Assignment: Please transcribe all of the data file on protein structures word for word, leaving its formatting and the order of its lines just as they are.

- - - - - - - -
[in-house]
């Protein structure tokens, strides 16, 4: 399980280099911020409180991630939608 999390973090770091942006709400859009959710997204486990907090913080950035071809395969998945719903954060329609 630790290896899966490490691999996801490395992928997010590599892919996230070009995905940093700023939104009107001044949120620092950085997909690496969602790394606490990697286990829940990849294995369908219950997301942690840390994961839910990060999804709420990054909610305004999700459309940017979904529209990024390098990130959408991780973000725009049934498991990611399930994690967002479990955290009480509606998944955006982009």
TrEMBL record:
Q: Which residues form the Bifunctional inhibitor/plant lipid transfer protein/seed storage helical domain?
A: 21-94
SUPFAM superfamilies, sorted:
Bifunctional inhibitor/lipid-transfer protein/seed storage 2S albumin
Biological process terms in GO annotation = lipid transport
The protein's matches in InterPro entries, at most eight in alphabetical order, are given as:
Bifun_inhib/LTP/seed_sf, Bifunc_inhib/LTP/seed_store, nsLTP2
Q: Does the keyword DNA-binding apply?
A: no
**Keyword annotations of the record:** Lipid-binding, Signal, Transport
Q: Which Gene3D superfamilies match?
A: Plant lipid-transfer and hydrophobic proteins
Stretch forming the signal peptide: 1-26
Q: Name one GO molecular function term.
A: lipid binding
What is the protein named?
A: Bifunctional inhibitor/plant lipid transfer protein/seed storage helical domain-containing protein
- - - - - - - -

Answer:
[in-house]
């Protein structure tokens, strides 16, 4: 399980280099911020409180991630939608 999390973090770091942006709400859009959710997204486990907090913080950035071809395969998945719903954060329609 630790290896899966490490691999996801490395992928997010590599892919996230070009995905940093700023939104009107001044949120620092950085997909690496969602790394606490990697286990829940990849294995369908219950997301942690840390994961839910990060999804709420990054909610305004999700459309940017979904529209990024390098990130959408991780973000725009049934498991990611399930994690967002479990955290009480509606998944955006982009």
TrEMBL record:
Q: Which residues form the Bifunctional inhibitor/plant lipid transfer protein/seed storage helical domain?
A: 21-94
SUPFAM superfamilies, sorted:
Bifunctional inhibitor/lipid-transfer protein/seed storage 2S albumin
Biological process terms in GO annotation = lipid transport
The protein's matches in InterPro entries, at most eight in alphabetical order, are given as:
Bifun_inhib/LTP/seed_sf, Bifunc_inhib/LTP/seed_store, nsLTP2
Q: Does the keyword DNA-binding apply?
A: no
**Keyword annotations of the record:** Lipid-binding, Signal, Transport
Q: Which Gene3D superfamilies match?
A: Plant lipid-transfer and hydrophobic proteins
Stretch forming the signal peptide: 1-26
Q: Name one GO molecular function term.
A: lipid binding
What is the protein named?
A: Bifunctional inhibitor/plant lipid transfer protein/seed storage helical domain-containing protein